The two-place Lockheed T-33 Shooting Star was designed for training pilots already qualified to fly propeller-driven aircraft to fly jets. It was developed from the single-seat F-80 fighter by lengthening the fuselage about three feet
Here are some photos from our restoration work on the T-33A in February:
The two-place Lockheed T-33 Shooting Star was designed for training pilots already qualified to fly propeller-driven aircraft to fly jets. It was developed from the single-seat F-80 fighter by lengthening the fuselage about three feet to accommodate a second cockpit. Originally designated the TF-80C, the T-33 made its first flight in 1948. More than 6,500 T-33s were built. In addition to its use as a trainer, the T-33 has been used for such tasks as drone director and target towing, and in some countries even as a combat aircraft. The RT-33A, a reconnaissance version made primarily for use by foreign countries, had a camera installed in the nose and additional equipment in the rear cockpit. The T-33 is one of the world’s best-known aircraft, having served with the air forces of more than 20 different nations over several decades.
Armament: Two .50-cal. machine guns in nose
Maximum speed: 525 mph
Cruising speed: 455 mph
Range: 1,000 miles
Ceiling: 45,000 ft.
Span: 37 ft. 6 in.
Length: 37 ft. 8 in.
Height: 11 ft. 7 in.
Weight: 15,000 lbs. maximum
The Fort Worth Aviation Museum’s Lockheed T-33A is the oldest jet in the our collection. Specifically, it is a Lockheed T-33A-1-LO Shooting Star, Air Force Serial No. 53-5215, c/n 580-8554, manufactured by Lockheed at Burbank, California, and delivered to the USAF on 20 September 1954. It went immediately to the Sacramento Air Material Center, California, for modifications. In November 1954, the aircraft was assigned to the Alaskan Air Command’s 66th Fighter Interceptor Squadron at Elmendorf Air Force Base, Alaska. The following month, it was assigned to the 449th Fighter Interceptor Squadron (FIS) at Ladd AFB, Alaska. In February 1955, the aircraft went to the 5001st Operations Squadron also at Ladd AFB. During March 1955, the T-33 was assigned to the 433rd Fighter Interceptor Squadron again at Ladd AFB. In November 1955, the aircraft returned to Elmendorf AFB and went to the 5039th Aircraft Repair Squadron. A month later, the aircraft was back with the 433rd Fighter Interceptor Squadron at Ladd AFB. In August 1956, the aircraft returned to the 5039th Maintenance Squadron at Elmendorf AFB. In December 1956, the aircraft was assigned to the 5001st Operations Squadron at Ladd AFB. In November 1957, the aircraft was assigned to the 5060th Operations Squadron also at Ladd. In April 1958, the T-33 went to the 5060th Consolidated Logistics And Maintenance Group at Ladd.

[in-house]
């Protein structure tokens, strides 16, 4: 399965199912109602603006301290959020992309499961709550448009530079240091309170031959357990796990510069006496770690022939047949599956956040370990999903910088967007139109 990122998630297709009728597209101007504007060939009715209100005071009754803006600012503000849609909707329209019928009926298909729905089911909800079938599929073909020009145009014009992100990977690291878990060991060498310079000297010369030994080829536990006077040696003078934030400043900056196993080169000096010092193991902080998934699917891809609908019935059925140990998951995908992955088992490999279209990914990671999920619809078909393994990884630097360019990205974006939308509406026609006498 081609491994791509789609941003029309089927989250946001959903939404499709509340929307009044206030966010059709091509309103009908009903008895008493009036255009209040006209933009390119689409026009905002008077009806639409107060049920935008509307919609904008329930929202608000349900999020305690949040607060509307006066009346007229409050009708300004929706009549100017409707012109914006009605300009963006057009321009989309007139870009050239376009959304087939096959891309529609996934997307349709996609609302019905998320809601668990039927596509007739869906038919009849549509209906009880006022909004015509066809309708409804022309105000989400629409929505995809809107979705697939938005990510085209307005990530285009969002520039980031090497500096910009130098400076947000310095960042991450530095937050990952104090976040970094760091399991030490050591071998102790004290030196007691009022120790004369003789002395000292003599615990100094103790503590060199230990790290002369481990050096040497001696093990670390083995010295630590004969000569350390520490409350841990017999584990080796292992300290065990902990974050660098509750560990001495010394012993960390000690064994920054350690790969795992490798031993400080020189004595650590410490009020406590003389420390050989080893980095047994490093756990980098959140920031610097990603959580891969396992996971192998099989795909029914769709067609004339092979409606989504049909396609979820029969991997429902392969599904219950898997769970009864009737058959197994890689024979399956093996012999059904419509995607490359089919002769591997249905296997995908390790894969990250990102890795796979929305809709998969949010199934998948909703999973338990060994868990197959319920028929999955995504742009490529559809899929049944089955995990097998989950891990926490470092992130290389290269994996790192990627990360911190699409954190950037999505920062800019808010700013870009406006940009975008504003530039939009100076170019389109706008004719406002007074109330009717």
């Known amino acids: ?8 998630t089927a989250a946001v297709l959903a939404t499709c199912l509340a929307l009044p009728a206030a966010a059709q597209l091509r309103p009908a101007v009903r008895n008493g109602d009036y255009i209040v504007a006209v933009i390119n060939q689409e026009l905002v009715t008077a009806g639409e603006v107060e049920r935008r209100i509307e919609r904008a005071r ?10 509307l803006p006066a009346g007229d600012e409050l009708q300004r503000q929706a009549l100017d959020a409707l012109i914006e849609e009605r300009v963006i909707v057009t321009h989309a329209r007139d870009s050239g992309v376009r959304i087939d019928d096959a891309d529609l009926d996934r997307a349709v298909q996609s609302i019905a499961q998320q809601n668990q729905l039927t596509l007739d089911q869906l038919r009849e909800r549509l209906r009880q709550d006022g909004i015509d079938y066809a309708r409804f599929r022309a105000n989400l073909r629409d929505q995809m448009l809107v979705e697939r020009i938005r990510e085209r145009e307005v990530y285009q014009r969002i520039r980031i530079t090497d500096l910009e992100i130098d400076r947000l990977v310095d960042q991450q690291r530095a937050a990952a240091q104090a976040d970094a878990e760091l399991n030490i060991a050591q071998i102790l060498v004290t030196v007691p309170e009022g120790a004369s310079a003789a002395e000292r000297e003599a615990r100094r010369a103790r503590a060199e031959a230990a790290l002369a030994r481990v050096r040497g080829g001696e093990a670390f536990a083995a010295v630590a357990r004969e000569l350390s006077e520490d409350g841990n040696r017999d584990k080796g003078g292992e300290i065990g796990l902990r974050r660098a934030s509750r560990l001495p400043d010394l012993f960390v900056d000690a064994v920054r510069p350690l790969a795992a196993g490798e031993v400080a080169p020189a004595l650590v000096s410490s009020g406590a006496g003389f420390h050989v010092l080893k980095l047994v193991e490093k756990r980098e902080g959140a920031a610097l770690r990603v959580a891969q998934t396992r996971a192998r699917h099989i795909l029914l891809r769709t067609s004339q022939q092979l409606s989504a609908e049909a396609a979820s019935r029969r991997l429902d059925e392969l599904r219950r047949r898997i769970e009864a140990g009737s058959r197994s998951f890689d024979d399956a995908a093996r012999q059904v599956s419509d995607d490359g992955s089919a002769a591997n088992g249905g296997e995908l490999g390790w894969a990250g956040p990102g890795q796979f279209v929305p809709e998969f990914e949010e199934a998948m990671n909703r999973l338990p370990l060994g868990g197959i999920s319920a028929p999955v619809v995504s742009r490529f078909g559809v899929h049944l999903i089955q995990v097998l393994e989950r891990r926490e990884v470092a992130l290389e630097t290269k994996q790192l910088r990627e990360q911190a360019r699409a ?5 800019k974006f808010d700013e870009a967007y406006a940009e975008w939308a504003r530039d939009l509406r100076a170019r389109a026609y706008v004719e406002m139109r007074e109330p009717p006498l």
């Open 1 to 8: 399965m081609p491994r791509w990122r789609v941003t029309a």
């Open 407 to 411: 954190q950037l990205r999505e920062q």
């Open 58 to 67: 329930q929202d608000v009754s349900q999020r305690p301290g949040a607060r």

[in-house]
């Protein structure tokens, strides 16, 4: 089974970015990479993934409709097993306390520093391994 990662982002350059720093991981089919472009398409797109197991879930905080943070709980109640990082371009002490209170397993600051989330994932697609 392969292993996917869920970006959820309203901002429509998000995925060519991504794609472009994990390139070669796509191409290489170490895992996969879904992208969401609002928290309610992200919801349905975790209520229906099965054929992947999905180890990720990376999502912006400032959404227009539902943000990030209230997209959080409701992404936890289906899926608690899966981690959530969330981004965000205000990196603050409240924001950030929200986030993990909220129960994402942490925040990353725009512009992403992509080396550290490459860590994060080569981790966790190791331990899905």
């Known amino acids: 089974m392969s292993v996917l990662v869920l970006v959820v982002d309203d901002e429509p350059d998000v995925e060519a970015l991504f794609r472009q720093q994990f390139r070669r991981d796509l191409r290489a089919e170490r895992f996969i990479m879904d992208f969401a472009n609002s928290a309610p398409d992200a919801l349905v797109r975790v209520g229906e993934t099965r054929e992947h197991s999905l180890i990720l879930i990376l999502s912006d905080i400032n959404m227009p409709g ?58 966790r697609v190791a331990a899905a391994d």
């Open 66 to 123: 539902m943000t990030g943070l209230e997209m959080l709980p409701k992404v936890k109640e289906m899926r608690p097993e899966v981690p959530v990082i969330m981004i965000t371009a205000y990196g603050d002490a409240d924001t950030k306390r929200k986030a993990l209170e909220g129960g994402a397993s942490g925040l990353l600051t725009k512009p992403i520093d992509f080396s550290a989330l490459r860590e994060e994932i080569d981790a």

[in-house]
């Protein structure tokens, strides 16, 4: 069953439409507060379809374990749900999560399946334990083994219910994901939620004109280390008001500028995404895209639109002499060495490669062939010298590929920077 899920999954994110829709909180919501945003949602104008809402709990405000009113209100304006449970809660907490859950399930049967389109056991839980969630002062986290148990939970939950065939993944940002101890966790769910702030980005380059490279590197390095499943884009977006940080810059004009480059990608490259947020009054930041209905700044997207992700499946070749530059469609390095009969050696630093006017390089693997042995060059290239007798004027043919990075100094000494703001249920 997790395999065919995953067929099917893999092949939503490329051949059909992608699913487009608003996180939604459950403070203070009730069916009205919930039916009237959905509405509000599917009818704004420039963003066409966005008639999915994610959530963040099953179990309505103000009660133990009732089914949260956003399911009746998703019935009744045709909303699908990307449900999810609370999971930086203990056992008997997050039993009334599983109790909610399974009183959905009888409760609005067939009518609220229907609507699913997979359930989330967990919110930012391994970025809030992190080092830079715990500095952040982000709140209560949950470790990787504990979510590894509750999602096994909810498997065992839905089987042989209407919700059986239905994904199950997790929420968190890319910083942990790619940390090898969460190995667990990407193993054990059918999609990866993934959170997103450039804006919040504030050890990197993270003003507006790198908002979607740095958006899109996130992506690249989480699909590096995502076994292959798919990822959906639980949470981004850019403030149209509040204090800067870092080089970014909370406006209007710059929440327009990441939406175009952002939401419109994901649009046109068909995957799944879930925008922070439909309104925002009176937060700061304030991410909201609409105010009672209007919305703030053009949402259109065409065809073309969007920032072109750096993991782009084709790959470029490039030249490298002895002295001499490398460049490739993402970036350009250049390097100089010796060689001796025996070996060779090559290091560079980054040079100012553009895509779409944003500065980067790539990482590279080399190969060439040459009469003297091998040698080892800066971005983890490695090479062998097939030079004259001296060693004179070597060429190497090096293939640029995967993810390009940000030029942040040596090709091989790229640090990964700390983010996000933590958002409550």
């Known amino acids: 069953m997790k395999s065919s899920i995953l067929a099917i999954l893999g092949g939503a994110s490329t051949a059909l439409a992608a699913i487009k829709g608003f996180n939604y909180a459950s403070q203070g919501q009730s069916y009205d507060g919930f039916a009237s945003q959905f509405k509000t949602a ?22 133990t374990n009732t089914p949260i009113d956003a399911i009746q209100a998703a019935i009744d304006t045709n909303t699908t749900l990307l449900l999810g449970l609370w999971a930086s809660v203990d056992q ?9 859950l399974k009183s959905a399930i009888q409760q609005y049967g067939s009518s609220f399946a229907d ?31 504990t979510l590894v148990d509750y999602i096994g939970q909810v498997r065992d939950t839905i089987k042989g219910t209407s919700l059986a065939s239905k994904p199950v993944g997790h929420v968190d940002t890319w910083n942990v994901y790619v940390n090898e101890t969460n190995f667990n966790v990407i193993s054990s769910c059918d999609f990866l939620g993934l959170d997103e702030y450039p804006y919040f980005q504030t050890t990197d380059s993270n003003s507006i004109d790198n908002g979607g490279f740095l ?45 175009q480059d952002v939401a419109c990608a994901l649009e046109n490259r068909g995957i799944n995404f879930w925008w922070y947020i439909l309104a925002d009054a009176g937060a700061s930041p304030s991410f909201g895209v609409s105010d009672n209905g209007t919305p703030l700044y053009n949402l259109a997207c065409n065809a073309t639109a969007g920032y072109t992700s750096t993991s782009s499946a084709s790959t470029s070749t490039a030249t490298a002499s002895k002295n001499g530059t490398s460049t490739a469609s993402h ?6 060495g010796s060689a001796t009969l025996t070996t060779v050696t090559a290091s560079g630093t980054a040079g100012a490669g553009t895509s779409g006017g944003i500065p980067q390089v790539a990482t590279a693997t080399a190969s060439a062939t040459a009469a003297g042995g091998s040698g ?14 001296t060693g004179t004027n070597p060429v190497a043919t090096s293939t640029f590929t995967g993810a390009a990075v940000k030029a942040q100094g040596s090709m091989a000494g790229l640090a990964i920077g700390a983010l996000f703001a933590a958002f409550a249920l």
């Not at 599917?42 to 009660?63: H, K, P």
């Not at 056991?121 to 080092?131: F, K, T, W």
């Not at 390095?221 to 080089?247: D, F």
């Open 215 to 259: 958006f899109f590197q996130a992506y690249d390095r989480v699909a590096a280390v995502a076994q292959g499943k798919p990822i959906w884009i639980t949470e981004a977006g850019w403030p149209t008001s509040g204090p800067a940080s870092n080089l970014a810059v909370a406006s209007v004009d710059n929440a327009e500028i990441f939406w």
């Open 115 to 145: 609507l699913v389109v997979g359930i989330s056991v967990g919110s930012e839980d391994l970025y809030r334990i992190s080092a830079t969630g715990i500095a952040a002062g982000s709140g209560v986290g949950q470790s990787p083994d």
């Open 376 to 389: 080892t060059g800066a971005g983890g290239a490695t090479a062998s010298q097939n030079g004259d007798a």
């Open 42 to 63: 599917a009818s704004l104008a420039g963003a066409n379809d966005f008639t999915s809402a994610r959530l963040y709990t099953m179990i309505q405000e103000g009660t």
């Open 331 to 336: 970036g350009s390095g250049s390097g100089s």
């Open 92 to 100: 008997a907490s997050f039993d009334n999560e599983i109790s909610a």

In October 1964, the aircraft was sent to Lear-Siegler at Elmendorf AFB. The following month, the aircraft was operating with the 5040th Consolidated Logistics And Maintenance Group also at Elmendorf AFB. In October 1966, the aircraft returned to the Sacramento Air Material Area, California, for work. In January 1967, the aircraft joined the Pacific Air Forces and the 6486th Air Base Wing at Hickam AFB, Hawaii. In November 1971, the aircraft went to the 15th Air Base Wing also at Hickam Field. In March 1973, the T-33 was removed from the USAF inventory.
Following military service the aircraft was at Honolulu Community College from 1973 until 1988 and carried the civil registration of N8361. It was later owned by Jack A. Myers and John C. Macidull circa 1988 and then to the Coleman Warbirds Museum in Coleman, Texas, 1990-1992. Dixie Air Parts in San Antonio acquired the aircraft, 1991-1992. David Clark and Adam Galan of Arlington, Texas, acquired the aircraft August 1993. In December 2003, the Texas Air Command Museum purchased the aircraft. The Fort Worth Aviation Museum acquired the aircraft in [date].
Locally, T-33s were assigned to most military units as utility aircraft and trainers. They were in service for decades.